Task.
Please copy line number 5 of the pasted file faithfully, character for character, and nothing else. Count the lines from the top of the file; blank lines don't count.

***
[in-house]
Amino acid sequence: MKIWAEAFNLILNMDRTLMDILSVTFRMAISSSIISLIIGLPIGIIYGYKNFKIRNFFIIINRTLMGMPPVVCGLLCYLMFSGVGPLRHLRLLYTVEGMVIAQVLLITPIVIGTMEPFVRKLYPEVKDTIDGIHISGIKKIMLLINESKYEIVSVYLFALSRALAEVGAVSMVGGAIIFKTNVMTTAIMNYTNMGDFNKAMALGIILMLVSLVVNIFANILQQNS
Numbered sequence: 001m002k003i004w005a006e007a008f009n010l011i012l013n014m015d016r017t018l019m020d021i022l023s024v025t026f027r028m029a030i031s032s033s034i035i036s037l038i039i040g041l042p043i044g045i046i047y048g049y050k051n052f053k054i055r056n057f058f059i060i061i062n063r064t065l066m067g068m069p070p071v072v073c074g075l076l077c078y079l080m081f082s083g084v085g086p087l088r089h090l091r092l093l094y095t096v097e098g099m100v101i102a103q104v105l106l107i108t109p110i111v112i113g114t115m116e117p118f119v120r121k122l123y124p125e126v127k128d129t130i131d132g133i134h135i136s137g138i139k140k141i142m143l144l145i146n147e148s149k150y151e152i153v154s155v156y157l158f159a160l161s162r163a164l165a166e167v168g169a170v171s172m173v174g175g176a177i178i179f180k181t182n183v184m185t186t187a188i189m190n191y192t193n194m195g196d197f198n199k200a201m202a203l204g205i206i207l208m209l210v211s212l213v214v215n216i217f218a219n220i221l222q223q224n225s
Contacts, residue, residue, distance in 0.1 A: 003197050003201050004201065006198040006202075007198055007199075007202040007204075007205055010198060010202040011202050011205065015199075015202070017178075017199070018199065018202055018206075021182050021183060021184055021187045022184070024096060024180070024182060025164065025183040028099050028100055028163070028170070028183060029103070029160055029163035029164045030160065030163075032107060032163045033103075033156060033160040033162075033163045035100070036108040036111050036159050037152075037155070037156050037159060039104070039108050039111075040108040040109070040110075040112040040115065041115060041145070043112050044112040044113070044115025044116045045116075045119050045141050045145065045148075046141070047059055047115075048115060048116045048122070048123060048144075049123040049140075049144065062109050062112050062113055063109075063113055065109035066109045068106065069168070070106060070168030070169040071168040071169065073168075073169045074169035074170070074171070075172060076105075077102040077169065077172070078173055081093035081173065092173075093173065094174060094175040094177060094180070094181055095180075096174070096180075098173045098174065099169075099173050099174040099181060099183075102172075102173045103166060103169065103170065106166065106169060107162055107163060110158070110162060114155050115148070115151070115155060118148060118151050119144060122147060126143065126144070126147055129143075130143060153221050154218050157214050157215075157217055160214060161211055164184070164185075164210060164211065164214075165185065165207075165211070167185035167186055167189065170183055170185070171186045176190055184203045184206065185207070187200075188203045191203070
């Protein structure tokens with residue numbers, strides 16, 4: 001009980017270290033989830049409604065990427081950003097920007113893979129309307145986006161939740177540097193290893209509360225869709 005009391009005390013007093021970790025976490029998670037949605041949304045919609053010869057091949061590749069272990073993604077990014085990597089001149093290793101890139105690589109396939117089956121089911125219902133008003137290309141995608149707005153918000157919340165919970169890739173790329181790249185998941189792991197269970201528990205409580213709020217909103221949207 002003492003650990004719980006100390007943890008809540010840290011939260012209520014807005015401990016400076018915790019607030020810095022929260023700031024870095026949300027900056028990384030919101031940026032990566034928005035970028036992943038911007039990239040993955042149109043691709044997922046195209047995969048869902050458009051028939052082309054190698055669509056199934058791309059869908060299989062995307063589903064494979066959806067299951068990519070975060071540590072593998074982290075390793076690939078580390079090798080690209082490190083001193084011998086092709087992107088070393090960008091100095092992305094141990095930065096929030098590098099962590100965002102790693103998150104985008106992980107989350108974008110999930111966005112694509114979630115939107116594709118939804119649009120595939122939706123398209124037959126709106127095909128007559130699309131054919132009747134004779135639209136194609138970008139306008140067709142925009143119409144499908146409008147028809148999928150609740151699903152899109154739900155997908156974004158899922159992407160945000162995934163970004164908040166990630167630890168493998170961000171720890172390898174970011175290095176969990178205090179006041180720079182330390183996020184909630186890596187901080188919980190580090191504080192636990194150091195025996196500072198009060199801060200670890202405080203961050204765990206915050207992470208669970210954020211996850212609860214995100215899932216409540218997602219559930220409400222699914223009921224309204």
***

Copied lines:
């Protein structure tokens with residue numbers, strides 16, 4: 001009980017270290033989830049409604065990427081950003097920007113893979129309307145986006161939740177540097193290893209509360225869709 005009391009005390013007093021970790025976490029998670037949605041949304045919609053010869057091949061590749069272990073993604077990014085990597089001149093290793101890139105690589109396939117089956121089911125219902133008003137290309141995608149707005153918000157919340165919970169890739173790329181790249185998941189792991197269970201528990205409580213709020217909103221949207 002003492003650990004719980006100390007943890008809540010840290011939260012209520014807005015401990016400076018915790019607030020810095022929260023700031024870095026949300027900056028990384030919101031940026032990566034928005035970028036992943038911007039990239040993955042149109043691709044997922046195209047995969048869902050458009051028939052082309054190698055669509056199934058791309059869908060299989062995307063589903064494979066959806067299951068990519070975060071540590072593998074982290075390793076690939078580390079090798080690209082490190083001193084011998086092709087992107088070393090960008091100095092992305094141990095930065096929030098590098099962590100965002102790693103998150104985008106992980107989350108974008110999930111966005112694509114979630115939107116594709118939804119649009120595939122939706123398209124037959126709106127095909128007559130699309131054919132009747134004779135639209136194609138970008139306008140067709142925009143119409144499908146409008147028809148999928150609740151699903152899109154739900155997908156974004158899922159992407160945000162995934163970004164908040166990630167630890168493998170961000171720890172390898174970011175290095176969990178205090179006041180720079182330390183996020184909630186890596187901080188919980190580090191504080192636990194150091195025996196500072198009060199801060200670890202405080203961050204765990206915050207992470208669970210954020211996850212609860214995100215899932216409540218997602219559930220409400222699914223009921224309204």